Inclusivity is at the forefront of the discourse on pension fund investment schemes in the UK with the recent legal action taken against Uber by the App Drivers and Couriers Union for not providing an Islamic pension scheme despite an estimated 75% of Uber’s UK workforce being Muslim. A recent report from IFN highlights the lack of demand for Islamic pension funds in the UK and the role environmental, social and governance (ESG) investment options may play in propelling the growth of Islamic pension funds.
According to the IFN report, a contributing factor to the lack of demand for Shariah compliant pension funds in the UK is a relative absence of Islamic annuity products. It is difficult to engineer Islamic products that replicate annuity payments because of the prohibition of interest and fixed returns. It raises the question as to whether the market wants products that are merely Islamic in name but not in spirit or principle.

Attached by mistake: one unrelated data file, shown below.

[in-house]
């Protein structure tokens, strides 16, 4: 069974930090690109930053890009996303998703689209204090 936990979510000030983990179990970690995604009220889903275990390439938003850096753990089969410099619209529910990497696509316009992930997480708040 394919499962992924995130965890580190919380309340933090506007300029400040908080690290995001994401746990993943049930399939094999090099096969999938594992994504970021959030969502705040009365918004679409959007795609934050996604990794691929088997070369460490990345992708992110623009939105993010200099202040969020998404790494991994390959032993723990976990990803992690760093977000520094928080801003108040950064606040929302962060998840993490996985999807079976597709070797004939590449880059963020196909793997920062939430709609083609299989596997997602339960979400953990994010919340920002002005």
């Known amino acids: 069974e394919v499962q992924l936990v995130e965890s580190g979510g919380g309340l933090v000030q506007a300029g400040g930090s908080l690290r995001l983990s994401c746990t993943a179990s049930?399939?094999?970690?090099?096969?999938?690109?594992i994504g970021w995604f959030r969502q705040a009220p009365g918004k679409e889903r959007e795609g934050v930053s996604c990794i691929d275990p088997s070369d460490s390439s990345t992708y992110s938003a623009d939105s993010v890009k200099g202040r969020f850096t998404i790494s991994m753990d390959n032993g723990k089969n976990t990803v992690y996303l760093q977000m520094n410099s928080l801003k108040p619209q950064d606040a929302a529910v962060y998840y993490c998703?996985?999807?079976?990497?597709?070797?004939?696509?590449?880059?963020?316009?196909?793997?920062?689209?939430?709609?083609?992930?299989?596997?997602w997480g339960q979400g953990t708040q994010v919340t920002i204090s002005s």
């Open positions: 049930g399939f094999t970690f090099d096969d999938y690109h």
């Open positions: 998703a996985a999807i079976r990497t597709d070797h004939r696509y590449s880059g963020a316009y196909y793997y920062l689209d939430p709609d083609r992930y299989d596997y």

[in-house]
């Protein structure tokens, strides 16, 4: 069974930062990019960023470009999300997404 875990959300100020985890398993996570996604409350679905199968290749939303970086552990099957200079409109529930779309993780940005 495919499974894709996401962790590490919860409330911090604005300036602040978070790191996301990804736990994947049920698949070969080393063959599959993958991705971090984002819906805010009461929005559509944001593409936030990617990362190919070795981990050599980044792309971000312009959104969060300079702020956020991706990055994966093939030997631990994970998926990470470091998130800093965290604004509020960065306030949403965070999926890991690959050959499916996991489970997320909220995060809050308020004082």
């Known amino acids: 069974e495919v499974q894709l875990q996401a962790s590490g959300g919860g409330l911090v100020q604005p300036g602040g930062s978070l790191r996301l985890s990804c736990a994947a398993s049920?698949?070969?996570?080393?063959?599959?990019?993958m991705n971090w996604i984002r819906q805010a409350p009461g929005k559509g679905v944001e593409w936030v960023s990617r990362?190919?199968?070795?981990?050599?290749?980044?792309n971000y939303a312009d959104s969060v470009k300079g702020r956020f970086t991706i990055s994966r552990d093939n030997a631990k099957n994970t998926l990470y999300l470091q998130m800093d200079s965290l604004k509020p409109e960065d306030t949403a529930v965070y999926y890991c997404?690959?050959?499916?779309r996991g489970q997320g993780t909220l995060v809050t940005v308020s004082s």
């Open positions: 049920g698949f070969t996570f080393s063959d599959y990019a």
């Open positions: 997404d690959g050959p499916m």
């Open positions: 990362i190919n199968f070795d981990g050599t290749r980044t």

In addition to Islamic annuity products, another catalyst for the development of a more comprehensive Shariah compliant pension alternative in the UK is the rise of ESG investing and its crossover with Islamic finance. According to a recent study by The Private Office, 68% of UK investors want their pension invested into sustainable and responsible companies. However, over half (53%) have no idea which funds their employer is currently invested into on their behalf.
With over 40 million pension holders in the UK according to the 2019 UK Pension Survey, including 22.4 million in defined contribution schemes, this means over 20 million people do not know where their funds are currently invested in. And with over GBP2.6 trillion (US$3.23 trillion) invested into UK pensions, that is a lot of money floating around without a purpose.
Of those that did know where their pension fund was invested, 56% stated they wanted their funds to be exclusively invested in ESG-related assets such as shares and funds. This suggests that there could potentially be up to GBP650 billion (US$806.6 billion) being directed toward ethical and ESG investing. If some of these funds could be incorporated into Shariah compliant alternatives, it could be a game changer for the UK market.